As you are considering your assets and debts in your marriage, you may also want to have a settlement agreement which will legally protect your financial future. No Contest Divorce Law, LLC also concentrates on settlement agreements, call 215-398-6760 for more information or click on SETTLEMENT AGREEMENT to learn more.


You have decided to get divorced. Where do you begin? A top priority is putting your finances in order. This will give you a solid start once the divorce is final and minimize potential surprises. Let’s be honest, you’ve probably already had enough surprises for a while.

At the top of your list should be getting a credit report. Order them right away. You can get a free credit report from each of the reporting agencies each year. Once you get them go over them with a fine toothed-comb and see if there are any discrepancies or items you may have forgotten to include in your settlement agreement– for example, credit card debt.

You are entitled to a free credit report every twelve months, that’s once a year. The top three companies you want to make sure you get a report from are Equifax, TransUnion and Experian. Some of the information you can expect to find in your credit report include: how you pay your bills, where you live, if you have been sued, if you have filed for bankruptcy and/or if you have been arrested. Keep in mind this information is used by employers, landlords, insurers and applications for credit. Also, beware of imposter websites – we suggest you look up the Federal Trade Commission for details.

Close joint credit cards, if you are not prohibited by a court. The last thing you want to learn is that your spouse went on a spending spree and you are now responsible for this debt.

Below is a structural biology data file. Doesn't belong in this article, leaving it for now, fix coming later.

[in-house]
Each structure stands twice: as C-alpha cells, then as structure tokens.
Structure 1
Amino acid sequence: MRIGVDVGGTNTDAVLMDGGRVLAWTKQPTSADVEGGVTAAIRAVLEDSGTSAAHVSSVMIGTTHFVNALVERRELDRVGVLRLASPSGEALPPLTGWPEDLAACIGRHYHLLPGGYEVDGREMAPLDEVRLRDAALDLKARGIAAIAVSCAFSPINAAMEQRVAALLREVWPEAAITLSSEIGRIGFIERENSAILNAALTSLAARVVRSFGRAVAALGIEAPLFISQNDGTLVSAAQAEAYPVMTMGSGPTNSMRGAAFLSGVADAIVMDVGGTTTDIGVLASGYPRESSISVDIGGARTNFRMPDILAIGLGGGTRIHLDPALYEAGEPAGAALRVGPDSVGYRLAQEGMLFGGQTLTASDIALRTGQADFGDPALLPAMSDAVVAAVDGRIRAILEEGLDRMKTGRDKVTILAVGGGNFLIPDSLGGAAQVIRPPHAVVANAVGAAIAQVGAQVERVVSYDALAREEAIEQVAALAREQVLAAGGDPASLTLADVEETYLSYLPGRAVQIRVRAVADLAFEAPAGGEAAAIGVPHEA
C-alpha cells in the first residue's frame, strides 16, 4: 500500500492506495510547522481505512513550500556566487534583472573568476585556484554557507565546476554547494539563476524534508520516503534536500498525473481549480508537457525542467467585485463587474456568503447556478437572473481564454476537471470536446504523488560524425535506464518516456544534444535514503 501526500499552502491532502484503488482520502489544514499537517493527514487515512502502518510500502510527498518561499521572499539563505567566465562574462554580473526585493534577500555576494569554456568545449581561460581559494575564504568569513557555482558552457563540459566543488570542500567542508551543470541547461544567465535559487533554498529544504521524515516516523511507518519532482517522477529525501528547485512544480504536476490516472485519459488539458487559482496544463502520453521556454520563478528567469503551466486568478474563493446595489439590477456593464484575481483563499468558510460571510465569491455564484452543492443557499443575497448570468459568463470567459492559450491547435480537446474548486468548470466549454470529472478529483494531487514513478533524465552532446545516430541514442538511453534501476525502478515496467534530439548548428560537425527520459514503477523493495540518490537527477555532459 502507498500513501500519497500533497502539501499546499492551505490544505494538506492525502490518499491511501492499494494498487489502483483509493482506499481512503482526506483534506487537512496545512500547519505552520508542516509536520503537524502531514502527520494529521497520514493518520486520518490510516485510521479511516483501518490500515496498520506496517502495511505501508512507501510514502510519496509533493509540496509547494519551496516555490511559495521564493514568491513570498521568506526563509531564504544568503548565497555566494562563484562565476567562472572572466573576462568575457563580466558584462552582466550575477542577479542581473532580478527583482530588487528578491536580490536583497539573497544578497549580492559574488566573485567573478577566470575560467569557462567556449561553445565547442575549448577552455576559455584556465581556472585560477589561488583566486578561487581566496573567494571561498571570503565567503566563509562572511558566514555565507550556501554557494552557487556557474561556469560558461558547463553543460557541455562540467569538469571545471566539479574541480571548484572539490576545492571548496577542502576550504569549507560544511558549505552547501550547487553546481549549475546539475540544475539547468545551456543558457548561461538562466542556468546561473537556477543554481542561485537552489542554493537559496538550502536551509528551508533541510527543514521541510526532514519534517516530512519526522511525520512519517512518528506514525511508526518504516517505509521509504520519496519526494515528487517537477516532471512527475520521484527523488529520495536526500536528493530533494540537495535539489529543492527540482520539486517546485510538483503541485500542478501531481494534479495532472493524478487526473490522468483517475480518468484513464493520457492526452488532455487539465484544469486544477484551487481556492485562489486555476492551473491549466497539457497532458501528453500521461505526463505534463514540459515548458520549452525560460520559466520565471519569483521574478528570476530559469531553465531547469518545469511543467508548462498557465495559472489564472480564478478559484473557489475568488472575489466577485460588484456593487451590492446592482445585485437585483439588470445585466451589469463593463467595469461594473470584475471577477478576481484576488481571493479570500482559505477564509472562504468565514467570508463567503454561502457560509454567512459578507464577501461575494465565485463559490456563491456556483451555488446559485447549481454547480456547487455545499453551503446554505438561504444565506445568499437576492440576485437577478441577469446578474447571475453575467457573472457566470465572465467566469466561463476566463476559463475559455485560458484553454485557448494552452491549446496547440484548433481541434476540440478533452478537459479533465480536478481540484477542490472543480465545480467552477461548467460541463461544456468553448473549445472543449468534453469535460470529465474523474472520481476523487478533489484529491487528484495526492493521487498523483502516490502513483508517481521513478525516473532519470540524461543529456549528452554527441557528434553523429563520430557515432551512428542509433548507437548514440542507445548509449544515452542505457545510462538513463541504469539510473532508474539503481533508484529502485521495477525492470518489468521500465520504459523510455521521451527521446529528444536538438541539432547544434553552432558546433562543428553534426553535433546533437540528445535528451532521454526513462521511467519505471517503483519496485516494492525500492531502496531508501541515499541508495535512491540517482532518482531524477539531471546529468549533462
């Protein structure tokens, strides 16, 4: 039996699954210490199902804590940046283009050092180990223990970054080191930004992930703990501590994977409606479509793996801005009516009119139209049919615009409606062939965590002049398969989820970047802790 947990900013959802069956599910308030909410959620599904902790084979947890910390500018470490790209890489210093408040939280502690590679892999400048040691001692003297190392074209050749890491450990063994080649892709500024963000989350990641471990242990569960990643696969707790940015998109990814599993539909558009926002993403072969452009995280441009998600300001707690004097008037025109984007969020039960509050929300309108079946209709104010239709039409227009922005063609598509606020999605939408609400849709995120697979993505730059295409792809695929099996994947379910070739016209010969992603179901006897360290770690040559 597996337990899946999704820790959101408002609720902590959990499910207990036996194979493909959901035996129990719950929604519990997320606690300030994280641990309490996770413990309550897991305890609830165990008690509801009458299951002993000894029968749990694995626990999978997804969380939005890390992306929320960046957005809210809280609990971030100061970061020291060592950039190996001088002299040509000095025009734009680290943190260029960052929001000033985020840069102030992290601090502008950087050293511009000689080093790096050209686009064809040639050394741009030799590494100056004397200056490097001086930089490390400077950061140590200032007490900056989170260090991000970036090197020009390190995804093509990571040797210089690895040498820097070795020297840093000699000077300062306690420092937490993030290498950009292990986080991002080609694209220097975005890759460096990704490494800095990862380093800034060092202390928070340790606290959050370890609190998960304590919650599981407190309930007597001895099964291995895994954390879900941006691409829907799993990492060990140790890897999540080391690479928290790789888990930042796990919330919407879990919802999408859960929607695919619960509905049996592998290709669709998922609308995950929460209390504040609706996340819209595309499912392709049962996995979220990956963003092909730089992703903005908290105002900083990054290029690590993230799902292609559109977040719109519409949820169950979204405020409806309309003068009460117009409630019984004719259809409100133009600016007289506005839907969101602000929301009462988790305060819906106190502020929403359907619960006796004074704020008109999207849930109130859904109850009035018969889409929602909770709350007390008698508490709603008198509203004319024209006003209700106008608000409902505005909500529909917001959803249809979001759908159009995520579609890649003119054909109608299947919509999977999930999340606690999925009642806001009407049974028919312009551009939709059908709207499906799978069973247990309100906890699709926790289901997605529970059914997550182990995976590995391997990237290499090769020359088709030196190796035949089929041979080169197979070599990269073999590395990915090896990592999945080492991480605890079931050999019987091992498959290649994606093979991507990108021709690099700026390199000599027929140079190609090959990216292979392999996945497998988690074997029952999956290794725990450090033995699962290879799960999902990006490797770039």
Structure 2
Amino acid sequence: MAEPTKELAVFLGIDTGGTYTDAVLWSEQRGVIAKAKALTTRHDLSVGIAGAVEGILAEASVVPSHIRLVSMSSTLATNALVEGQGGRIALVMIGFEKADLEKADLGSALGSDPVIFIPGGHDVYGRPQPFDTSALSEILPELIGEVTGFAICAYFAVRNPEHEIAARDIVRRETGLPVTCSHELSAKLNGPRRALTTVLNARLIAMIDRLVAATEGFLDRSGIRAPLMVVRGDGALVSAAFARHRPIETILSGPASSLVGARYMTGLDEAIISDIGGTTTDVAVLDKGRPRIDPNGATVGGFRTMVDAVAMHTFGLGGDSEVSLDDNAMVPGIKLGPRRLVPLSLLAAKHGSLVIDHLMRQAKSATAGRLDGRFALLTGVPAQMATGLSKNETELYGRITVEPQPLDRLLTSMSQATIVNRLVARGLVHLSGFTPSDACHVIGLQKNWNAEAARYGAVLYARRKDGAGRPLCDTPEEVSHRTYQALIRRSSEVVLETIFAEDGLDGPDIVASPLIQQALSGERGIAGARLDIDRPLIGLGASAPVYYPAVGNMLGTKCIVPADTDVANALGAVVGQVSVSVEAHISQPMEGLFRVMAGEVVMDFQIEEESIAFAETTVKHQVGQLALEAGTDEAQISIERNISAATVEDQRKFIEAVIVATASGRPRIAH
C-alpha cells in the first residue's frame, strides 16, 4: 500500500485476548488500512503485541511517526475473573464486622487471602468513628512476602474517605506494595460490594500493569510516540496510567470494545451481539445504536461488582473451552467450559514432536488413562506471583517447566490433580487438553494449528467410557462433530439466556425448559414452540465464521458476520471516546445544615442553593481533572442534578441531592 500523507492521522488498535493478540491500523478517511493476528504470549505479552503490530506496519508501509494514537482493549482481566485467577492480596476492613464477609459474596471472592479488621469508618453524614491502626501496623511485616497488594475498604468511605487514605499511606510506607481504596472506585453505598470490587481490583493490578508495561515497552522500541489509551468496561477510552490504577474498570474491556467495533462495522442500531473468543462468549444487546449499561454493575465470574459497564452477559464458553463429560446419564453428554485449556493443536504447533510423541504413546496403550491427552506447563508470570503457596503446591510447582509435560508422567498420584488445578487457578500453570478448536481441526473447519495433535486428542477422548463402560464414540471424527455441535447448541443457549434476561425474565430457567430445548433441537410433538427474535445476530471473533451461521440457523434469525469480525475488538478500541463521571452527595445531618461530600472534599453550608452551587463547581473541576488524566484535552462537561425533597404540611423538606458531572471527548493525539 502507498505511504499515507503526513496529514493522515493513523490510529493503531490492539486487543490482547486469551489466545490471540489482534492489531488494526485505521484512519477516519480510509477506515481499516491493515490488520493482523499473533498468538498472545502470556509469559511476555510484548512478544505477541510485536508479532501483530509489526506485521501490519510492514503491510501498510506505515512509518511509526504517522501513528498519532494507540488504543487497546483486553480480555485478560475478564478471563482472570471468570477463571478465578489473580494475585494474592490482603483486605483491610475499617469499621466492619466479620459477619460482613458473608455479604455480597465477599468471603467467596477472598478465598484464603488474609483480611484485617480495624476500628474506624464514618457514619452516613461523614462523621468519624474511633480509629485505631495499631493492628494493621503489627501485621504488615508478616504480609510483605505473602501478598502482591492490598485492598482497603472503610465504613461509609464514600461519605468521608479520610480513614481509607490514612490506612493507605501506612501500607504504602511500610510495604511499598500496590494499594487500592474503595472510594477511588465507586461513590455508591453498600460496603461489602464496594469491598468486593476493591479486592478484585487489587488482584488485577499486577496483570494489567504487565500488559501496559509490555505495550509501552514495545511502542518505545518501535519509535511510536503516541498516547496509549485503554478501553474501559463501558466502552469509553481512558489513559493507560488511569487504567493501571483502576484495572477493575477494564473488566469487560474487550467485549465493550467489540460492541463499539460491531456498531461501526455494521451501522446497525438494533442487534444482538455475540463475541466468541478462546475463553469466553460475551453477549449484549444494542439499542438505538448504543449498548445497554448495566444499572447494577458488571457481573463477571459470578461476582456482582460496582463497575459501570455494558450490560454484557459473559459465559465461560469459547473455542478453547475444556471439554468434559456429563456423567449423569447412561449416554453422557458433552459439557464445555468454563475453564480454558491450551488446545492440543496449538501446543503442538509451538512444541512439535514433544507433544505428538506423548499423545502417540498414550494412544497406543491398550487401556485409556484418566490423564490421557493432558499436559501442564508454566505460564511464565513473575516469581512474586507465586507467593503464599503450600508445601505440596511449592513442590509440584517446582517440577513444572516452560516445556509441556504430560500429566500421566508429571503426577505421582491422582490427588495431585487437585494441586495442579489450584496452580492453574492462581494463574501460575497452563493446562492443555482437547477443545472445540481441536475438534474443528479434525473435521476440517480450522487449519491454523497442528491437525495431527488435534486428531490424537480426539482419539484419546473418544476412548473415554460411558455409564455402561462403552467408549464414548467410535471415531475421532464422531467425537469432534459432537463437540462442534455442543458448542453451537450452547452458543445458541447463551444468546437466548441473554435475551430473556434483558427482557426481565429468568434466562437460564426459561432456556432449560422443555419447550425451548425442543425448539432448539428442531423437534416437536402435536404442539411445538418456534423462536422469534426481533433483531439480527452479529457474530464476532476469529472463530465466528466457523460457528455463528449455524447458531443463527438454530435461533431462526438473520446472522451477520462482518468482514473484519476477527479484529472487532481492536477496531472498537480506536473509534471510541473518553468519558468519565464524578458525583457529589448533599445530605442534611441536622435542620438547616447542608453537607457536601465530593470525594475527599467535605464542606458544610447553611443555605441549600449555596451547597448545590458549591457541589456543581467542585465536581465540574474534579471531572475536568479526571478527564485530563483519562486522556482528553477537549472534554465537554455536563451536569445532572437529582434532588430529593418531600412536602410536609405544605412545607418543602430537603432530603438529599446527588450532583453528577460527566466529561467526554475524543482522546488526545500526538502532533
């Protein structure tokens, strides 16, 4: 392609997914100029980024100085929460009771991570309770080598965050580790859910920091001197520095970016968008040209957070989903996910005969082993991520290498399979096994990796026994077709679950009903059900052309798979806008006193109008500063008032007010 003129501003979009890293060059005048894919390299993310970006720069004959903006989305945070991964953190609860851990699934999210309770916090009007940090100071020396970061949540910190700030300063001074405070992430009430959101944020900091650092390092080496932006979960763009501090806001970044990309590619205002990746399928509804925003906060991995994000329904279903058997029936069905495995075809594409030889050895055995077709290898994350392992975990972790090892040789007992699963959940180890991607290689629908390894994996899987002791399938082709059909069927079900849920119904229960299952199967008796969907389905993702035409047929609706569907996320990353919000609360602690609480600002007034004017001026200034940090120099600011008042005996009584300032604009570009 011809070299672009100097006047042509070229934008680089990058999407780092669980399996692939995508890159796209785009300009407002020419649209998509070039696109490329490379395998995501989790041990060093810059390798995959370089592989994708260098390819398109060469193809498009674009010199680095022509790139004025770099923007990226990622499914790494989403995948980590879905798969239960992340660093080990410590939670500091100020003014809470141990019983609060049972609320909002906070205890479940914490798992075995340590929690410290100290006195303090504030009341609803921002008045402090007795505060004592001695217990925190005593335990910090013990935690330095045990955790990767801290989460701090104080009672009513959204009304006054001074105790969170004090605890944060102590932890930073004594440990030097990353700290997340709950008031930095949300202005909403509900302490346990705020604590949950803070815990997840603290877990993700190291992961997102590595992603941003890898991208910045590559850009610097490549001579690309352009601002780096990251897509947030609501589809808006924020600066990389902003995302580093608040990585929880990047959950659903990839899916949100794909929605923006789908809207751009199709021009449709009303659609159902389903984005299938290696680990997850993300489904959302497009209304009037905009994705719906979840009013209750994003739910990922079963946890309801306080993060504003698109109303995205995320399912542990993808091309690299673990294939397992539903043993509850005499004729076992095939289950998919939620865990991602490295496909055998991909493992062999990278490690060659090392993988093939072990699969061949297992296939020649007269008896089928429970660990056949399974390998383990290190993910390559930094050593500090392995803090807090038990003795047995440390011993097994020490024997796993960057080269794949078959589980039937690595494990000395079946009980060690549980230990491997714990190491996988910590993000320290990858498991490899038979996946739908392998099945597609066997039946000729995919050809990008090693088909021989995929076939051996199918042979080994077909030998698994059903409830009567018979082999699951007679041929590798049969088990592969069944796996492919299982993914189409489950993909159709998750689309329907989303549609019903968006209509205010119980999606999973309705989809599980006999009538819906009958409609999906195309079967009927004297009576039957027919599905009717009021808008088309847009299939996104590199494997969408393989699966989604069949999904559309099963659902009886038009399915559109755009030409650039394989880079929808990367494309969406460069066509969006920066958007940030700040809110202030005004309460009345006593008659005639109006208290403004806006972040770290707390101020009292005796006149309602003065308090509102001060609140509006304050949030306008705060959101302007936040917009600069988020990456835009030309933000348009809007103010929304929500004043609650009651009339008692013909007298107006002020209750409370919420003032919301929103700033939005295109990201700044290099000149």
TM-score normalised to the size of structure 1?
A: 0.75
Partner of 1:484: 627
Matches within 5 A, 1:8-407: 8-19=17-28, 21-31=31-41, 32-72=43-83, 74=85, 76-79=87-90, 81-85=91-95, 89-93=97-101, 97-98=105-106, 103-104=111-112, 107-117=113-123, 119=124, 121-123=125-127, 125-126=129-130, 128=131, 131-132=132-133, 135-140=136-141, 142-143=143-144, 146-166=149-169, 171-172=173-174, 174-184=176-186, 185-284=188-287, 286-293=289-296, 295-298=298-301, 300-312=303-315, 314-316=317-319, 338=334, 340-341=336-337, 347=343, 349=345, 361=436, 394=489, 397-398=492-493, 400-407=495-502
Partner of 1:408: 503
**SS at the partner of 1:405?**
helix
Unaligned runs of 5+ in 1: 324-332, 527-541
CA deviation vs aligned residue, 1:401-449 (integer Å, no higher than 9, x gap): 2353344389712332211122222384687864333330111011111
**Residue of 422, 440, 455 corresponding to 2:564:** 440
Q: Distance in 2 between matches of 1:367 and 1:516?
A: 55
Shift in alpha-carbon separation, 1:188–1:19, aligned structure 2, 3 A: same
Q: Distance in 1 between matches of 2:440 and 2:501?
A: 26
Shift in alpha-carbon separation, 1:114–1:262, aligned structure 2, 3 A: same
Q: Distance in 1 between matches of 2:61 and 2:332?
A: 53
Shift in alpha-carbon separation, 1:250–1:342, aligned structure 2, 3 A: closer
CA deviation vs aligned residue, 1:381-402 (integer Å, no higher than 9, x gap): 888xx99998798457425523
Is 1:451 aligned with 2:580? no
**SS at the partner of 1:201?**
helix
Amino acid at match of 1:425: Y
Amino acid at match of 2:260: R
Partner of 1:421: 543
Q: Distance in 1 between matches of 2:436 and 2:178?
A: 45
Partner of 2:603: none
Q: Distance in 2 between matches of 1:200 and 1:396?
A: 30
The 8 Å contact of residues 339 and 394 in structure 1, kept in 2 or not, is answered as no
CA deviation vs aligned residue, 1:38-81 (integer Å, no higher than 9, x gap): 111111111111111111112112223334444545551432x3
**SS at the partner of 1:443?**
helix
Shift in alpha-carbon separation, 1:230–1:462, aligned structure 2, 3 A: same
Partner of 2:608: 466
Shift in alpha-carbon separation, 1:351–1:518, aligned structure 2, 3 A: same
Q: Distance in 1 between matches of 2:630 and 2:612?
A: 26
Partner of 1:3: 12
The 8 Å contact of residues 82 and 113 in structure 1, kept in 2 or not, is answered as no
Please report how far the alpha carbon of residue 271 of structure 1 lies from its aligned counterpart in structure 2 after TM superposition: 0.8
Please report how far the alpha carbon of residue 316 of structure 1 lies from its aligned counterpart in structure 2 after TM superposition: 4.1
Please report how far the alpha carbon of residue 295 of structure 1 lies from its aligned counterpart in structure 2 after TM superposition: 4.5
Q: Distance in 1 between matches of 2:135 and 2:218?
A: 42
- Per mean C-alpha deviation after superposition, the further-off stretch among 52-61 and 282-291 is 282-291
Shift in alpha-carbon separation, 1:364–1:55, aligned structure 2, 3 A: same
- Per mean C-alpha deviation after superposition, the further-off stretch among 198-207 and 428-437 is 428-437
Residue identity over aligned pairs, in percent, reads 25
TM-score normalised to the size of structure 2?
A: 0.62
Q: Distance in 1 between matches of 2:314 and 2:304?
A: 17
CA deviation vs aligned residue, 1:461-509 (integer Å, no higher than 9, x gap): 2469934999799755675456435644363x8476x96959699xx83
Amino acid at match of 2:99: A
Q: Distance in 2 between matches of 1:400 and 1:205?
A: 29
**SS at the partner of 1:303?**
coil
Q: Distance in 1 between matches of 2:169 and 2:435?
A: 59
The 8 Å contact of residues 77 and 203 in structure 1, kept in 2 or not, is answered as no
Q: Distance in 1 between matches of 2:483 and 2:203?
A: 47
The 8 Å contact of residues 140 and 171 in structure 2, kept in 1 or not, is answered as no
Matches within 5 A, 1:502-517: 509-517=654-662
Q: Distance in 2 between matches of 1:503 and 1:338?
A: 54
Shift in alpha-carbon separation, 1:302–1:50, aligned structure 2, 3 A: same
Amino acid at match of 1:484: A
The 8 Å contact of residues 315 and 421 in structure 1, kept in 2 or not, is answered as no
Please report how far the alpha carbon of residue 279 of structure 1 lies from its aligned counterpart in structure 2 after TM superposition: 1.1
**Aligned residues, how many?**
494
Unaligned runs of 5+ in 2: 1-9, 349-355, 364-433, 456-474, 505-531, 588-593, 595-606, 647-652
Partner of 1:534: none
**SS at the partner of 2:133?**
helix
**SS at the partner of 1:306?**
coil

Tax refunds, if filed jointly, a refund check will be sent in both your name and your spouse’s name or direct-deposited into an account. Use a settlement agreement to make sure the refund is divided between both of you.

With frequent flier miles you have a couple of options. You can either have tickets issued to one of the parties or one of the spouses can monetarily compensate the other for the points.

If Insurance is prepaid, such as house, life, disability and health insurance, then determine the amount that is currently prepaid. Prepayments can be considered part of your marital assets when valuing and dividing up property and finances.

Timeshares can also be dealt with in a few different ways. You and your spouse can continue to own it jointly, one spouse retain it (often at a lesser value than it’s purchase price, since timeshares are usually worth less than what is owed on them- consider an appraisal to find out for sure), or you can agree to sell the timeshare and split any equity or debt.